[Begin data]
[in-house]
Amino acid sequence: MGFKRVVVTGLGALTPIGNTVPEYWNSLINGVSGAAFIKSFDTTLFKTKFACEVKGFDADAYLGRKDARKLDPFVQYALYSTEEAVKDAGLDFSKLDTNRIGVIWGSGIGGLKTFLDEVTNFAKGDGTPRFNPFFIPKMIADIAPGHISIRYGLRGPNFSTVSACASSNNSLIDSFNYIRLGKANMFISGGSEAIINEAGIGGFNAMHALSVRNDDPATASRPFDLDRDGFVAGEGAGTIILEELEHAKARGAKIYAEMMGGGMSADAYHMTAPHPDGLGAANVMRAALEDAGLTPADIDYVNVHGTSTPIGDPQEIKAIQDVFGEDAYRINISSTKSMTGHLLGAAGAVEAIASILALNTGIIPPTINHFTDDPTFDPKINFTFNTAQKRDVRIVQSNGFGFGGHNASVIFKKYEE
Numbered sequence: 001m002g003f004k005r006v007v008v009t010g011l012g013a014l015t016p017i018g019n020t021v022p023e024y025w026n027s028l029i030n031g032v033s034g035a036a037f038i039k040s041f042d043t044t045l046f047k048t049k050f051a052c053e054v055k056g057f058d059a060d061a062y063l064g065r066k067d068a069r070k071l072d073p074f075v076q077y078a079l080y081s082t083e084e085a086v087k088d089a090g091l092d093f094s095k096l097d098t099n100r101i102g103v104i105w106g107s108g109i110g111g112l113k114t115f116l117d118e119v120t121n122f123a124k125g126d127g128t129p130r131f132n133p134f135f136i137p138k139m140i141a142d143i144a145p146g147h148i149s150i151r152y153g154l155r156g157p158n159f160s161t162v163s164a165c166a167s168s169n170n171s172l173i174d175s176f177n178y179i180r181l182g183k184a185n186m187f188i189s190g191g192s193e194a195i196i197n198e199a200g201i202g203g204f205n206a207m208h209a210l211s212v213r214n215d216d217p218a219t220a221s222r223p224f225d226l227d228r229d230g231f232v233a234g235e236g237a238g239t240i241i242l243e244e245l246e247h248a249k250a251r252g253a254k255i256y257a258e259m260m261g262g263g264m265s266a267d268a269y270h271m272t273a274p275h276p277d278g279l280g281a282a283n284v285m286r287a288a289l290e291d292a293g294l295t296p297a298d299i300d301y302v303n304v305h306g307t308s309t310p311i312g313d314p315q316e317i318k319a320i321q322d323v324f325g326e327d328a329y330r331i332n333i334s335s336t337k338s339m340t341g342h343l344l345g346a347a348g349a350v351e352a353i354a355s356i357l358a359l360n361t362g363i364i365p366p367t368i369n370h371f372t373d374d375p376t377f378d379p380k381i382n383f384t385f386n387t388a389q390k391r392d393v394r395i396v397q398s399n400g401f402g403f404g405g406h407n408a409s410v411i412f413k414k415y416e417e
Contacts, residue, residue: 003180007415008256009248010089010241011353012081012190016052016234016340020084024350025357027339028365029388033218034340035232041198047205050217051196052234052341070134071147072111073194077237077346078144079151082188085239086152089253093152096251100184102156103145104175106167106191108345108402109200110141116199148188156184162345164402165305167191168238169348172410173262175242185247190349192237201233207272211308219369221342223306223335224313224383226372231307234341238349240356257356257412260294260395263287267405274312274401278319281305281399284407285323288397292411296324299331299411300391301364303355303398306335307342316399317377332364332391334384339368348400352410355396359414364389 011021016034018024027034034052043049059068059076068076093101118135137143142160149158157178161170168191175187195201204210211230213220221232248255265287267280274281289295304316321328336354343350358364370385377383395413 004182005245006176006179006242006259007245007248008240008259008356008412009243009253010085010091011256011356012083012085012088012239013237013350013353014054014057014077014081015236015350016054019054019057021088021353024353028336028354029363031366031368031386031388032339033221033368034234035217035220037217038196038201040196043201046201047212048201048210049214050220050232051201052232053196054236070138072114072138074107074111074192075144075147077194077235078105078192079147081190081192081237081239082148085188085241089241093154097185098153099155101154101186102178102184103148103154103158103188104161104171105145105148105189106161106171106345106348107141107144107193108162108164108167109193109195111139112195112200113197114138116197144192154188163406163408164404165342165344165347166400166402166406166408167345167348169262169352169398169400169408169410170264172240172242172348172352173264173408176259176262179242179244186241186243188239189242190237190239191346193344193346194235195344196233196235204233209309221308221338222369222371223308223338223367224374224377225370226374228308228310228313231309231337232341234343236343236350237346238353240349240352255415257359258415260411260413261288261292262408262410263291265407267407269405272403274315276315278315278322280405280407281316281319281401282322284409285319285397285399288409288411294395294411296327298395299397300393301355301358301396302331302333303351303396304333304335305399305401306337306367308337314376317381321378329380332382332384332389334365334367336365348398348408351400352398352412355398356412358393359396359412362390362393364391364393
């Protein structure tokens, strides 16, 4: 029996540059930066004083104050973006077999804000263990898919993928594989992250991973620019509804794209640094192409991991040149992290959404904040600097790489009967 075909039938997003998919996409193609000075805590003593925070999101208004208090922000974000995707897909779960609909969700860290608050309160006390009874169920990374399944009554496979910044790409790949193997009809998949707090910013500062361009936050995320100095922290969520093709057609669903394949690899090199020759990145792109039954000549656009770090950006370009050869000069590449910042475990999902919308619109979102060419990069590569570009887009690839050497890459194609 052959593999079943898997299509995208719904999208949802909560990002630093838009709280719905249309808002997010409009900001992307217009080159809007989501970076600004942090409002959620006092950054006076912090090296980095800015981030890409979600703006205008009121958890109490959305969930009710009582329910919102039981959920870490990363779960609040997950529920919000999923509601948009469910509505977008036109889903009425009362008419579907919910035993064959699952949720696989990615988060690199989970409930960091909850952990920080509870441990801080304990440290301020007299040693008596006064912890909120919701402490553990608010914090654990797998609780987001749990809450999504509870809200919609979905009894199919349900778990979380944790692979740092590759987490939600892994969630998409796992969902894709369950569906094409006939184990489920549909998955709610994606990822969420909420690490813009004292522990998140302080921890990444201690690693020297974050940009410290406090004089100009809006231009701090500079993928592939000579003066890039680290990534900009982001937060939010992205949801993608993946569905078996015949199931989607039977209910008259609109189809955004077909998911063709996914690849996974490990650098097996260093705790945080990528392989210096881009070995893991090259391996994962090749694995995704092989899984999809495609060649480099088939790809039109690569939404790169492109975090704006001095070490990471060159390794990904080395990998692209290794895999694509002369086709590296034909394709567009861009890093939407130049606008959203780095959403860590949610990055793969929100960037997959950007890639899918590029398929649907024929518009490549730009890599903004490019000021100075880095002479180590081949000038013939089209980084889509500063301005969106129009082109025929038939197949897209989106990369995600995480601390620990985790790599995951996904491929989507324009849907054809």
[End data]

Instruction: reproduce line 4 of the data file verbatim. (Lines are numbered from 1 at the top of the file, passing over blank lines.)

Contacts, residue, residue: 003180007415008256009248010089010241011353012081012190016052016234016340020084024350025357027339028365029388033218034340035232041198047205050217051196052234052341070134071147072111073194077237077346078144079151082188085239086152089253093152096251100184102156103145104175106167106191108345108402109200110141116199148188156184162345164402165305167191168238169348172410173262175242185247190349192237201233207272211308219369221342223306223335224313224383226372231307234341238349240356257356257412260294260395263287267405274312274401278319281305281399284407285323288397292411296324299331299411300391301364303355303398306335307342316399317377332364332391334384339368348400352410355396359414364389 011021016034018024027034034052043049059068059076068076093101118135137143142160149158157178161170168191175187195201204210211230213220221232248255265287267280274281289295304316321328336354343350358364370385377383395413 004182005245006176006179006242006259007245007248008240008259008356008412009243009253010085010091011256011356012083012085012088012239013237013350013353014054014057014077014081015236015350016054019054019057021088021353024353028336028354029363031366031368031386031388032339033221033368034234035217035220037217038196038201040196043201046201047212048201048210049214050220050232051201052232053196054236070138072114072138074107074111074192075144075147077194077235078105078192079147081190081192081237081239082148085188085241089241093154097185098153099155101154101186102178102184103148103154103158103188104161104171105145105148105189106161106171106345106348107141107144107193108162108164108167109193109195111139112195112200113197114138116197144192154188163406163408164404165342165344165347166400166402166406166408167345167348169262169352169398169400169408169410170264172240172242172348172352173264173408176259176262179242179244186241186243188239189242190237190239191346193344193346194235195344196233196235204233209309221308221338222369222371223308223338223367224374224377225370226374228308228310228313231309231337232341234343236343236350237346238353240349240352255415257359258415260411260413261288261292262408262410263291265407267407269405272403274315276315278315278322280405280407281316281319281401282322284409285319285397285399288409288411294395294411296327298395299397300393301355301358301396302331302333303351303396304333304335305399305401306337306367308337314376317381321378329380332382332384332389334365334367336365348398348408351400352398352412355398356412358393359396359412362390362393364391364393